Therefore the endodontic treatment should be carried out over multiple
visits and in conjunction with the periodontal treatment. This will provide
an opportunity for antibacterial intra-canal medicaments to be placed in
order to predictably eliminate bacteria from the root canal system.
Medicaments such as
Ledermix paste and calcium hydroxide pastes have been recommended as routine
intra-canal medicaments. Ledermix paste is an ideal medicament to be used
as an initial dressing particularly if the patient presents with symptoms.
However the antibacterial spectrum of Ledermix paste, against the most
commonly found endodontic bacteria, has been reported to be somewhat limited
whereas calcium hydroxide has been reported to be the most predictable
antibacterial medicament for endodontic microbes. Therefore, calcium hydroxide
should be used in the root canals of all infected teeth at some stage prior
to the placement of the final root canal filling. Calcium hydroxide can
either be used alone as a dressing or in combination with Ledermix paste
(as a 50:50 mixture).
In teeth with previous
restorations, the pulpal disease is very likely to be associated with,
or caused by, recurrent caries or marginal microleakage and bacterial contamination
of the pulp space - these problems must be eliminated if the endodontic
treatment is to succeed. Therefore all previous restorations should be
removed prior to commencement of the endodontic treatment and the tooth
should then be assessed to determine whether it is suitable for further
restoration if the endodontic and periodontal treatment is successful.
It is important to
ensure that a tooth undergoing endodontic treatment is adequately temporised
to ensure that the coronal cavity is sealed and that there are no periodontal
consequences from the temporary restoration (such as overhangs, inadequate
contour, food packing, inability to clean, etc). In some cases it may be
necessary to place a stainless steel orthodontic band in order to stabilise
the remaining tooth structure and/or retain the temporary restoration.
The use of a reinforced glass ionomer material, such as Ketac Silver, is
ideal in these situations in posterior teeth as it will provide an adequate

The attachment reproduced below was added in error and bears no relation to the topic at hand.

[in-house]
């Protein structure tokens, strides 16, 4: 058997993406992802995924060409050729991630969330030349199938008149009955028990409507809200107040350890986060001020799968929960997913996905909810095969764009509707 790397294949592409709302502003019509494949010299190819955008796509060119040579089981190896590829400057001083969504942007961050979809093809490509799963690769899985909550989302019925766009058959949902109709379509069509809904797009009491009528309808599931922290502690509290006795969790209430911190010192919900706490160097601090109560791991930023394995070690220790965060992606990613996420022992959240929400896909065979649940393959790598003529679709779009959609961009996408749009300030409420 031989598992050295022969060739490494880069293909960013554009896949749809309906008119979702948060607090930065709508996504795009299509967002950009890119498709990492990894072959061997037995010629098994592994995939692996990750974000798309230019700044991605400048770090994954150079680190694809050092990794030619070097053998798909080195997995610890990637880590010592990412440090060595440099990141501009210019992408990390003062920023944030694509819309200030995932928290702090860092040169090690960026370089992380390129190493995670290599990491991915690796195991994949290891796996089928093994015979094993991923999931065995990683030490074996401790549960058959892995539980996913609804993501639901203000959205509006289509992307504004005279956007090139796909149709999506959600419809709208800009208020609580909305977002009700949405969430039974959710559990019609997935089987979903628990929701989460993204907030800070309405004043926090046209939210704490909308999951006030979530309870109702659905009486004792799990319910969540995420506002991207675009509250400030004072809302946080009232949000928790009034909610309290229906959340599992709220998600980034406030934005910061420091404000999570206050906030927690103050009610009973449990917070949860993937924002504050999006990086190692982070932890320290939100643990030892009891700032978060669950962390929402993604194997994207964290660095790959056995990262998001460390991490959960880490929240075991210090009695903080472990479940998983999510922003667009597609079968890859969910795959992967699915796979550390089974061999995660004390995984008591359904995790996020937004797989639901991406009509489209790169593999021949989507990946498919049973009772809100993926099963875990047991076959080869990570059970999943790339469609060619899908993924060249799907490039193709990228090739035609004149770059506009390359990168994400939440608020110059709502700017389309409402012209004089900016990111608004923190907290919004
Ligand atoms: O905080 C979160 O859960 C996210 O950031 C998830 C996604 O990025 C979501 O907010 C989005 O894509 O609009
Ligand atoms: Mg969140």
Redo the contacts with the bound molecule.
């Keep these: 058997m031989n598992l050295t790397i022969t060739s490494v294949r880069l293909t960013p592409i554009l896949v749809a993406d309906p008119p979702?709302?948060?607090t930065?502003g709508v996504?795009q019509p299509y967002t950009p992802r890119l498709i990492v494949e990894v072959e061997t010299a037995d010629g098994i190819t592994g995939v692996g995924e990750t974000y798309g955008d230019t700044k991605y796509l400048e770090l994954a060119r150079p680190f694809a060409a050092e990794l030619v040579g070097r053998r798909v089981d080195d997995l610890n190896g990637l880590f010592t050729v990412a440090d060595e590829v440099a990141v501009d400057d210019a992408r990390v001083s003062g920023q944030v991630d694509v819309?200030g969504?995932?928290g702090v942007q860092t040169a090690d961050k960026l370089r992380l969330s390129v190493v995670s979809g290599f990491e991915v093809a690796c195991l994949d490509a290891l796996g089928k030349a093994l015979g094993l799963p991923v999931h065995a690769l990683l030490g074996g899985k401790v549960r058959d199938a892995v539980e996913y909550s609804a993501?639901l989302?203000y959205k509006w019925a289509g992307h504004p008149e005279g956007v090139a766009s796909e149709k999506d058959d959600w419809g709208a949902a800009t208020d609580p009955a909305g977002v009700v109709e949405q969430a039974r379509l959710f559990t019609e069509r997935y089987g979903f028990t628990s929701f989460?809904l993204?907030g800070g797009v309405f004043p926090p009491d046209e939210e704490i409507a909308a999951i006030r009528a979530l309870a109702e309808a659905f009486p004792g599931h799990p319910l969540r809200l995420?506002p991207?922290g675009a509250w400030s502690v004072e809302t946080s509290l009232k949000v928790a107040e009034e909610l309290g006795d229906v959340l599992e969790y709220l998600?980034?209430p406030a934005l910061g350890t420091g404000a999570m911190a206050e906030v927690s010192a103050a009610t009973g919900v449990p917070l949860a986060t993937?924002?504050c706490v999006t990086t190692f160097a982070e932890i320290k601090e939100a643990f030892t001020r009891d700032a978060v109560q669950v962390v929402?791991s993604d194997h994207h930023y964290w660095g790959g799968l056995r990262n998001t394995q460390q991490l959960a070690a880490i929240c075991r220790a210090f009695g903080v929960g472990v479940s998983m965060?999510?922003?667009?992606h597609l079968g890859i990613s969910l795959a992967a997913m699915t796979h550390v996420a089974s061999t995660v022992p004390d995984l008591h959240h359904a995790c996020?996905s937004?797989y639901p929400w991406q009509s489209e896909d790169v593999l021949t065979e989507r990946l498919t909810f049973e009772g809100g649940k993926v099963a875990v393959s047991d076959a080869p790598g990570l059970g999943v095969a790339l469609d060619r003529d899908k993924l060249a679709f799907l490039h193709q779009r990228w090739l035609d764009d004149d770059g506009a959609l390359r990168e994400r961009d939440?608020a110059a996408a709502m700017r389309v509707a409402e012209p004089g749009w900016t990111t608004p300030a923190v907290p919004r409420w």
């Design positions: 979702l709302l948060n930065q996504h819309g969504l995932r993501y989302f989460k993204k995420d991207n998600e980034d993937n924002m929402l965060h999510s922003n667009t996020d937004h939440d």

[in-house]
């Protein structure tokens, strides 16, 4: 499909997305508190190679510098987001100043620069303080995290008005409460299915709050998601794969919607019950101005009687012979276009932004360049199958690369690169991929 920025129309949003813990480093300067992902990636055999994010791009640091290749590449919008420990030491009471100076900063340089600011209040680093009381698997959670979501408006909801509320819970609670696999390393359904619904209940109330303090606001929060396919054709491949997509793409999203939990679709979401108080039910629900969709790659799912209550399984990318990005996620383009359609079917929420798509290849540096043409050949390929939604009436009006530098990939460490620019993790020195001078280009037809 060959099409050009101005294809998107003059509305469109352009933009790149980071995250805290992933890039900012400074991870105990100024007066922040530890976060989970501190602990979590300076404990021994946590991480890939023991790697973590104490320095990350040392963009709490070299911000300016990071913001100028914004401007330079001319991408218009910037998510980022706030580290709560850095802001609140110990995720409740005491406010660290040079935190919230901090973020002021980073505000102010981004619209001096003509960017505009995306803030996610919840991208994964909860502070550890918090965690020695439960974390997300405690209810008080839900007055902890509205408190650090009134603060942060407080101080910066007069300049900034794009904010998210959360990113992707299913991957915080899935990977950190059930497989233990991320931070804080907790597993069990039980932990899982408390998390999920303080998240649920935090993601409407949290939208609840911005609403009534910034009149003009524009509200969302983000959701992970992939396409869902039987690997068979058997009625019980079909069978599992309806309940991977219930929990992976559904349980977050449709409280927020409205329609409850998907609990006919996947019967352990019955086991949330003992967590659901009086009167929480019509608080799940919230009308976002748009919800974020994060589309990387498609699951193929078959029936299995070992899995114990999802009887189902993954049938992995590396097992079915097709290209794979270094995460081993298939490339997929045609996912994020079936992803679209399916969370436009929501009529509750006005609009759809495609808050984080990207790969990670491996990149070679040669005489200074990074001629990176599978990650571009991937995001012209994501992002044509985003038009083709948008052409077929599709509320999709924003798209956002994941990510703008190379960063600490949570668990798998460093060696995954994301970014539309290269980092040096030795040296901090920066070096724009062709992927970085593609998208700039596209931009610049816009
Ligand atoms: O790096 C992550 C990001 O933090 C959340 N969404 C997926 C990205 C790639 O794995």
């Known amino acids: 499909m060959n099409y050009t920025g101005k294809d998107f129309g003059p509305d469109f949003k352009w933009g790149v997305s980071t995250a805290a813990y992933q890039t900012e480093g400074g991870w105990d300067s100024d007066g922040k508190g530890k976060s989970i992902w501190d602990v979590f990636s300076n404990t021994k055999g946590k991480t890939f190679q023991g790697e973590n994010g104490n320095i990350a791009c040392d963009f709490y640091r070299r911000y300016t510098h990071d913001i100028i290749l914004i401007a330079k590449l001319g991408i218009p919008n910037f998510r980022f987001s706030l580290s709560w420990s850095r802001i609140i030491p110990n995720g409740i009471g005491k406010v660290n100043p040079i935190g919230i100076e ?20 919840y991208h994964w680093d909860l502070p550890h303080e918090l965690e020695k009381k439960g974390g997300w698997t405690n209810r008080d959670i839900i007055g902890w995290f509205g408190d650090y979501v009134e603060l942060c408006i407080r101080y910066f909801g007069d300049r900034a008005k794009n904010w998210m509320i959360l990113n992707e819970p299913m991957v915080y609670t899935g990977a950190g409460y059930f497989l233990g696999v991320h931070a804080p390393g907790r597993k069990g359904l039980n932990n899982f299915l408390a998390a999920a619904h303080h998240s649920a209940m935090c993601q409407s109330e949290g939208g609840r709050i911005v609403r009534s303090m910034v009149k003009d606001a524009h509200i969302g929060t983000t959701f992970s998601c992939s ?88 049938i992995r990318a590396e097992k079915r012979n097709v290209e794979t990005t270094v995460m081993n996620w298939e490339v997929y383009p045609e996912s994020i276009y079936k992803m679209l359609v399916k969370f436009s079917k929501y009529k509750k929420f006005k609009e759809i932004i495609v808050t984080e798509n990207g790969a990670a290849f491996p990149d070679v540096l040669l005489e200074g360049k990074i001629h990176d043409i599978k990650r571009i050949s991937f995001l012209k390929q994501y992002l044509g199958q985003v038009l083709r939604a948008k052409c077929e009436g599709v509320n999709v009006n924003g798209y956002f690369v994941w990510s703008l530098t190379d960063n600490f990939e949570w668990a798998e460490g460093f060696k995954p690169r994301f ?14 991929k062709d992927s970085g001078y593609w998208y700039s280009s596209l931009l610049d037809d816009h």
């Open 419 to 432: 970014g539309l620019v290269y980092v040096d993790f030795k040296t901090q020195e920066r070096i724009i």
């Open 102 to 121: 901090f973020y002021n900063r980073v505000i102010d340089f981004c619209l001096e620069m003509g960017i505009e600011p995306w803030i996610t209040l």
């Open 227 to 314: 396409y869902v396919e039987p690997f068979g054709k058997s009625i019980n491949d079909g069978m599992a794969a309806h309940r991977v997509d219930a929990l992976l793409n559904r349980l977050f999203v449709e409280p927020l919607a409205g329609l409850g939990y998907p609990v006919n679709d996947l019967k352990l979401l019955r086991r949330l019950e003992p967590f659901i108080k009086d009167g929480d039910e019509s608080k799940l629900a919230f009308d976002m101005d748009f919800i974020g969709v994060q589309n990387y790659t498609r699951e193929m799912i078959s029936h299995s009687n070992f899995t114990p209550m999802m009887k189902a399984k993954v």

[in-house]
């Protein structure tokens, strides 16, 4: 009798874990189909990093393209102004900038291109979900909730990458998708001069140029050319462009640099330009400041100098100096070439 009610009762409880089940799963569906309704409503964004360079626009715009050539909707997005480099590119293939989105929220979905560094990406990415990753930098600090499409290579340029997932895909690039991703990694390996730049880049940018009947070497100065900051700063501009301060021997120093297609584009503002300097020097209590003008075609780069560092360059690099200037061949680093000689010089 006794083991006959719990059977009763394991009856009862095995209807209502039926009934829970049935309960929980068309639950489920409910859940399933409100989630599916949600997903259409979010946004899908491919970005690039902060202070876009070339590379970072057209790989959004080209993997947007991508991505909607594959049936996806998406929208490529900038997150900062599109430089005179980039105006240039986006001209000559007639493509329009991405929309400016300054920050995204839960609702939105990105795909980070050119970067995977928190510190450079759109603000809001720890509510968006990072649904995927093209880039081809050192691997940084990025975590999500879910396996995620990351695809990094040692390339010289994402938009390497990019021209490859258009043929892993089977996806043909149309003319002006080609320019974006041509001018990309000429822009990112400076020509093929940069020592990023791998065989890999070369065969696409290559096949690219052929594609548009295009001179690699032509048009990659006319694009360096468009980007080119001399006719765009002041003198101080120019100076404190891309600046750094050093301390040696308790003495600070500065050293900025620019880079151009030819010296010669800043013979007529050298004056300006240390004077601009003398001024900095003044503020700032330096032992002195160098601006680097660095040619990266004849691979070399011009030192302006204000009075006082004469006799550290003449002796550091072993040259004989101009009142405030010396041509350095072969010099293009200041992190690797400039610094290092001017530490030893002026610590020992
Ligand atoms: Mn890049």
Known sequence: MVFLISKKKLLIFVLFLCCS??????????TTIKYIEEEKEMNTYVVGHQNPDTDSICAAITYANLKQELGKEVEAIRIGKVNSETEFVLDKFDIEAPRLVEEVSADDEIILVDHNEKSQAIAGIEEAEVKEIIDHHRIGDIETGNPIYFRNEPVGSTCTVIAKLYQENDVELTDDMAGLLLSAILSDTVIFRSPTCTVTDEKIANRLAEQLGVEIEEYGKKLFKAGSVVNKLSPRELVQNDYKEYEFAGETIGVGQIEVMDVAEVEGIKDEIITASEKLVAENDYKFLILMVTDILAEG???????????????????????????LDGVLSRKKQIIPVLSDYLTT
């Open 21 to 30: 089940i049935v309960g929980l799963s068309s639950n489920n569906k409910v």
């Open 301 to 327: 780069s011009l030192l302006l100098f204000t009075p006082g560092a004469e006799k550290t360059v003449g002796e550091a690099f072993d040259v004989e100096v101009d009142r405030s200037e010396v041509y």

long-term temporary restoration with minimal periodontal effects. A tooth-coloured
glass ionomer or composite resin can be used in anterior teeth.
The use of multiple
appointments for endodontic treatment is convenient for the treatment of
combined endodontic-periodontal lesions as it allows time for the initial
non-surgical periodontal treatment to be carried out before continuing
with the final root canal filling. The response of the patient and the
tissues can be determined and the prognosis can be reassessed before any
further treatment is contemplated. The periodontal tissues should be monitored
for at least three months prior to considering any further treatment. During
this reassessment time, the root canals can be left with either calcium
hydroxide or a calcium hydroxide/Ledermix mixture in the canals.
The placement of medicaments
in the root canals during this reassessment phase also allows adequate
time for the medicament to diffuse through the radicular dentine in order
to kill any remaining microbes - such medicaments require at least 3-4
weeks to achieve a predictable concentration within the peripheral (or
outer) layers of the dentine. There may also be sore minor beneficial effects
from the medicaments in helping to promote healing within the periodontal
ligament, as dentine and cementum have been shown to be permeable to such
If the initial phase of treatment
does not result in adequate improvement of the periodontal tissues, then
the tooth should be considered for further periodontal treatment, including
surgery. Flap surgery may be chosen in order to gain adequate access to
the entire root surface for root planing and debridement. Following this
external cleaning of the root surface, the tissues should be monitored
to determine the healing response. Again during this phase of treatment,
the root canals should be left with an intra-canal dressing for a period
of at least four to six weeks. Then, if the tissues show initial signs
of healing, the root canal filling should be completed and an adequate
coronal restoration placed. The case should then still be monitored, both
periodontally (initially at three monthly intervals), and endodontically
(initially after six months) in order to determine whether there has been
periodontal and periapical healing.
The presence of a
combined endodontic-periodontal lesion will always result in a compromised
situation following treatment. Even with apparently successful treatment,
the tooth will still be compromised as there is likely to be some gingival
recession and loss of periodontal attachment and bone support. It is of
utmost importance that the patient maintains good oral hygiene and obtains
regular professional care for this region.
Acknowledgment: Dr Paul Abbott,
Senior Lecturer in Endodontics, the University of Western Australia.
This material has been compiled
with the assistance of Dr Louise Brown, Lecturer in Periodontics at the
University of Melbourne.